Sideshow Bob has appeared in many Simpsons Comics. In one, for example, he was paroled from prison. Bob wanted to make more money, so he starts a small business-Sideshow Bob's VCR repair and pet sitting. In the back of the building was his school of crime- where he would teach other people to become criminals. He uses Nelson Muntz, Dolph Starbeam, Kearney Zzyzwicz, and Jimbo Jones to steal money from people all over town. Meanwhile, Bart xeroxes his butt, and is caught by Chief Wiggum. Wiggum knows about Bob's scheme, but he has no proof, so he tells Bart- "You wont get in trouble if you infiltrate his gang". Bart cannot say no, and joins the gang. Bob is planning to kill him, until Bart aces the test. Bob is very proud, and says that he will do his master scheme the next day. Bart tells Chief Wiggum that he doesn't know what it is. The next day, Bob drives to the hospital, planning to kidnap Mr. Burns(Who is only there because of his love of children's tender organs). Nelson pushes Mr. Burns into a fake ambulance, where Bob drives away, but the police stand in front of them. Bob believes Bart called them, and prepares to kill Bart with a high powered drug. Bart shocks Bob, and the police take him away. Lisa says she called in the cops after following him here. They hug.
He makes a minor cameo in issue 208, 'Brit Simpson', on page 11 as Sideshow Bobby.
He has unusually large feet (they actually fill his oversized clown shoes). Apparently, if he needs to disguise himself, he can actually fold his feet just to wear "normal" shoes. He is tall with slender limbs and a plump paunch. His favourite weapon is a carving knife, which he is regularly depicted holding.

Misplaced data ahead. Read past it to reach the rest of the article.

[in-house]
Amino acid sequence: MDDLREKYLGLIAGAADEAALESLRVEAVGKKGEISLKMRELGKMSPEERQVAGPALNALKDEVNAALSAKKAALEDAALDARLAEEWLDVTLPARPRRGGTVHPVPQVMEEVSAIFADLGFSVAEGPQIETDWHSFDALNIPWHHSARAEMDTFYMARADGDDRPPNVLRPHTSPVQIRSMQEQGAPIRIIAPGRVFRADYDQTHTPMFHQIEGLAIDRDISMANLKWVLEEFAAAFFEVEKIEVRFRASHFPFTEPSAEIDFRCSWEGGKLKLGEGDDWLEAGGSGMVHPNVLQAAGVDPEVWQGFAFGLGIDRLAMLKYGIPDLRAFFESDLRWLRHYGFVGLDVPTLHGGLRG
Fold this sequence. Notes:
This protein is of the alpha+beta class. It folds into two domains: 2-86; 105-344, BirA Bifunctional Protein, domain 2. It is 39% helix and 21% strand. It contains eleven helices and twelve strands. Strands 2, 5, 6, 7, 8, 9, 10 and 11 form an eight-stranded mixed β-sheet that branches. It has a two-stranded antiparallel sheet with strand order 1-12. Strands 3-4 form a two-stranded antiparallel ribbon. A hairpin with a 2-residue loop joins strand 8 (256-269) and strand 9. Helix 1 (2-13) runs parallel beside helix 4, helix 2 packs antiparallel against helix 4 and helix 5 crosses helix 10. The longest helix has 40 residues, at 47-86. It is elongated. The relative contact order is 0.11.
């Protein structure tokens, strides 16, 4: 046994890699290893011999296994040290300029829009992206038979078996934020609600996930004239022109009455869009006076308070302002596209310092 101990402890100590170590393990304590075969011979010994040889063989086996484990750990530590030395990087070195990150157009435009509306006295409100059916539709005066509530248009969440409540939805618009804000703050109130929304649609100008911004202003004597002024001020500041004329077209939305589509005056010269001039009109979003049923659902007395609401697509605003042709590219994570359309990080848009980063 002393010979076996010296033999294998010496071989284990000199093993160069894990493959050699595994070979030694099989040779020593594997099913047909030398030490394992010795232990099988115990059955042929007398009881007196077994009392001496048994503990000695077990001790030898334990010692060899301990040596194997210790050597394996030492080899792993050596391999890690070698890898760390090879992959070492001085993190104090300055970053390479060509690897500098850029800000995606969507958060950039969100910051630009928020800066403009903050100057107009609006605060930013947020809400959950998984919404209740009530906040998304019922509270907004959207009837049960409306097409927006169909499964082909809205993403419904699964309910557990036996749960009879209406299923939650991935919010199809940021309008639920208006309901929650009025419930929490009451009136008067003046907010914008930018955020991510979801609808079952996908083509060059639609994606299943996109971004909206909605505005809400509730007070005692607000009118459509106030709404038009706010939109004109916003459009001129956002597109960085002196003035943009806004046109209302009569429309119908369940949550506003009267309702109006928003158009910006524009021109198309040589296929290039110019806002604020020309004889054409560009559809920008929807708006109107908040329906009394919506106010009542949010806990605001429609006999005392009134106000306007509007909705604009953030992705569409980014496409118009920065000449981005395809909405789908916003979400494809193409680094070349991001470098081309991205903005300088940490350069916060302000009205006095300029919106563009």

Sideshow Bob's defining feature is his curly, palm tree shaped red hair (the palmaceae style has been used as visual gags in various episodes). His hair is exceedinly long when wet (as seen in Cape Feare), pulled or brushed. It tents to recoil and bounce back into shape with great ease.
Sideshow Bob has various tattoos all over his body:
- Chest: The words, "Die Bart, Die" (which he pretends in court is meant to be German for "The Bart, The")
- Back: Bart's Head (decapitated) on his skateboard, with a speech bubble, saying, "Ouch, Man!"
- Knuckles: "Luv" (right hand) and "Hāt" (left hand)
- ā is sometimes used as a long 'A' sound, so phoenetically the above is pronounced 'Hate'
- Upper Left Arm: Skull & Crossbones
- Upper Right Arm: Knife
The tattoos have generally not been shown since, though it has not been confirmed if they have been removed.
Sideshow Bob in a way-mirrors Hannibal Lecter - a psychopath, who could recite Shakespeare by heart, while stabbing you in yours.
Sideshow Bob enjoys the finer things in life, including reading classical literature. Likely due to his upbringing, he has a passion for theatre, knowing Gilbert and Sullivan's H.M.S. Pinafore off by heart as well as Shakespeare's works. In contrast to his love of the 'higher pleasures', he despises television and other 'low class' things, which gives him a rather snobbish attitude. Ironically, in his time when he was a Master Criminal, he studied the uses of Dynamite, which would theoretically be considered low class. At times, he also may have genuine desires to help humanity, as he explains that his motivation for tricking the Springfield citizens into electing him was to "save them from themselves"